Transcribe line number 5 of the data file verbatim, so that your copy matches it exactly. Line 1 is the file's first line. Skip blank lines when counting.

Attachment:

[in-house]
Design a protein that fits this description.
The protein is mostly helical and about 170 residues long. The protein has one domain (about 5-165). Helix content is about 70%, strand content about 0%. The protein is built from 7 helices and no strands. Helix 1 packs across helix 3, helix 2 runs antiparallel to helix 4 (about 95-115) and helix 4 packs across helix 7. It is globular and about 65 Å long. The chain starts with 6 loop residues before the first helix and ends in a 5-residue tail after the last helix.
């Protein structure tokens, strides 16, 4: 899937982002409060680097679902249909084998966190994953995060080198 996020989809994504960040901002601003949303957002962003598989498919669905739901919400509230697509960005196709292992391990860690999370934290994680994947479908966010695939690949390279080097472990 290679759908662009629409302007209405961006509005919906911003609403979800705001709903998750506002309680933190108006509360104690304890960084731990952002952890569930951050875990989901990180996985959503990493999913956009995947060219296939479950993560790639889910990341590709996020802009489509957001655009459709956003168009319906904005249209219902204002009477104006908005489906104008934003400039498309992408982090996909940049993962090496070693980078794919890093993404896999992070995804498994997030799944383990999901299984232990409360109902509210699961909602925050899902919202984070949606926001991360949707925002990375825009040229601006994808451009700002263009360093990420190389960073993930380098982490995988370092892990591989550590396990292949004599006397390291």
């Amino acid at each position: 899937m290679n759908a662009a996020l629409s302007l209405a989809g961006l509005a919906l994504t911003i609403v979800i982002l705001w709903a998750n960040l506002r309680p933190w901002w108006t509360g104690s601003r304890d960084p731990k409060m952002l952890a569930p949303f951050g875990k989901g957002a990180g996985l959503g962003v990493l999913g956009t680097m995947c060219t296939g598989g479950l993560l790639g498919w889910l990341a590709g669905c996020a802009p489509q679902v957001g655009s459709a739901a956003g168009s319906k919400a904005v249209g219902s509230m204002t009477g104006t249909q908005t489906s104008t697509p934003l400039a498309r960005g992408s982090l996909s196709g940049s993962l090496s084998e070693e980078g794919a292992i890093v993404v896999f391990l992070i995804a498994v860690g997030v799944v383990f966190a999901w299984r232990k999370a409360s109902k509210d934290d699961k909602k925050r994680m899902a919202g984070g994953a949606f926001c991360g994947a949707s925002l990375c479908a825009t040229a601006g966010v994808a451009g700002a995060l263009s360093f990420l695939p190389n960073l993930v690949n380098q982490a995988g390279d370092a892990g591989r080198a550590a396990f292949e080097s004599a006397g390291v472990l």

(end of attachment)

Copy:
């Amino acid at each position: 899937m290679n759908a662009a996020l629409s302007l209405a989809g961006l509005a919906l994504t911003i609403v979800i982002l705001w709903a998750n960040l506002r309680p933190w901002w108006t509360g104690s601003r304890d960084p731990k409060m952002l952890a569930p949303f951050g875990k989901g957002a990180g996985l959503g962003v990493l999913g956009t680097m995947c060219t296939g598989g479950l993560l790639g498919w889910l990341a590709g669905c996020a802009p489509q679902v957001g655009s459709a739901a956003g168009s319906k919400a904005v249209g219902s509230m204002t009477g104006t249909q908005t489906s104008t697509p934003l400039a498309r960005g992408s982090l996909s196709g940049s993962l090496s084998e070693e980078g794919a292992i890093v993404v896999f391990l992070i995804a498994v860690g997030v799944v383990f966190a999901w299984r232990k999370a409360s109902k509210d934290d699961k909602k925050r994680m899902a919202g984070g994953a949606f926001c991360g994947a949707s925002l990375c479908a825009t040229a601006g966010v994808a451009g700002a995060l263009s360093f990420l695939p190389n960073l993930v690949n380098q982490a995988g390279d370092a892990g591989r080198a550590a396990f292949e080097s004599a006397g390291v472990l």